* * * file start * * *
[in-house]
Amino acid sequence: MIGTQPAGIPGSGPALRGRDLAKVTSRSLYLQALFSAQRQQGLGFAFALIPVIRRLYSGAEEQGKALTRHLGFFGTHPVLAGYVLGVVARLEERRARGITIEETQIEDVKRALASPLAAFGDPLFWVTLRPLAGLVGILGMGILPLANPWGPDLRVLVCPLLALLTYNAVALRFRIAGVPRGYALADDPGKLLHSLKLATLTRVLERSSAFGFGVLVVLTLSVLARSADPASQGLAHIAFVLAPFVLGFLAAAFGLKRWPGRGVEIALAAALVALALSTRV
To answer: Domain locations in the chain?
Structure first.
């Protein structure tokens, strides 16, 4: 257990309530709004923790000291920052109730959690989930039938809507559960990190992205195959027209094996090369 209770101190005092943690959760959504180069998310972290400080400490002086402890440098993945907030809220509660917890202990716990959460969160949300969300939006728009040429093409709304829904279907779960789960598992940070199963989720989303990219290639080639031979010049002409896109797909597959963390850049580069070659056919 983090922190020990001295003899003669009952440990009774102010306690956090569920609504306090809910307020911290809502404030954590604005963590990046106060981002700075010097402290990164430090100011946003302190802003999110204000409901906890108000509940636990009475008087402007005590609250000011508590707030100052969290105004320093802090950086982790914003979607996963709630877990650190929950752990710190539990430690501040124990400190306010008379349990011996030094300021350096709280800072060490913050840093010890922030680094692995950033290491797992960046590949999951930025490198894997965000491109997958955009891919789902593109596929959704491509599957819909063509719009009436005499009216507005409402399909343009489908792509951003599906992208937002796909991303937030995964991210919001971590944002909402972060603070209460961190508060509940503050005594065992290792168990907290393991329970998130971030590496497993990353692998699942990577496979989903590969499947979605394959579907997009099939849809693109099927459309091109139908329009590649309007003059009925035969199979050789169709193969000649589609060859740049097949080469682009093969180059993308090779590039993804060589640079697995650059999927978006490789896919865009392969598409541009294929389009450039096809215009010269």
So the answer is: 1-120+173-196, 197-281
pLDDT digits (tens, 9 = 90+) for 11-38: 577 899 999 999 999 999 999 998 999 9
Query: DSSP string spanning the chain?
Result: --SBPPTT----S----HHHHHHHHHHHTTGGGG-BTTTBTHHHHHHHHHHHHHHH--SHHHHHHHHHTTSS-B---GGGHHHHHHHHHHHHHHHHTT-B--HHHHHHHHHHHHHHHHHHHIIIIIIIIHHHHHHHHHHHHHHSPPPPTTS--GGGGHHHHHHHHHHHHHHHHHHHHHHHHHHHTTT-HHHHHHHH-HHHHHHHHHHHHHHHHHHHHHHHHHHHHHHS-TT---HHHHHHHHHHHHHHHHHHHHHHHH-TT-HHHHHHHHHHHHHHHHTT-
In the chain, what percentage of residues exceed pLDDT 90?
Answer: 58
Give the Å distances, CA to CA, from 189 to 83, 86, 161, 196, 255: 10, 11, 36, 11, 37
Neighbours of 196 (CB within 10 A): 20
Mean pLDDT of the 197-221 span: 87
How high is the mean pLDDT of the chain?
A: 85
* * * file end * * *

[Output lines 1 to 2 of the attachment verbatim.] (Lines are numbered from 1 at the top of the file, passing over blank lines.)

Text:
[in-house]
Amino acid sequence: MIGTQPAGIPGSGPALRGRDLAKVTSRSLYLQALFSAQRQQGLGFAFALIPVIRRLYSGAEEQGKALTRHLGFFGTHPVLAGYVLGVVARLEERRARGITIEETQIEDVKRALASPLAAFGDPLFWVTLRPLAGLVGILGMGILPLANPWGPDLRVLVCPLLALLTYNAVALRFRIAGVPRGYALADDPGKLLHSLKLATLTRVLERSSAFGFGVLVVLTLSVLARSADPASQGLAHIAFVLAPFVLGFLAAAFGLKRWPGRGVEIALAAALVALALSTRV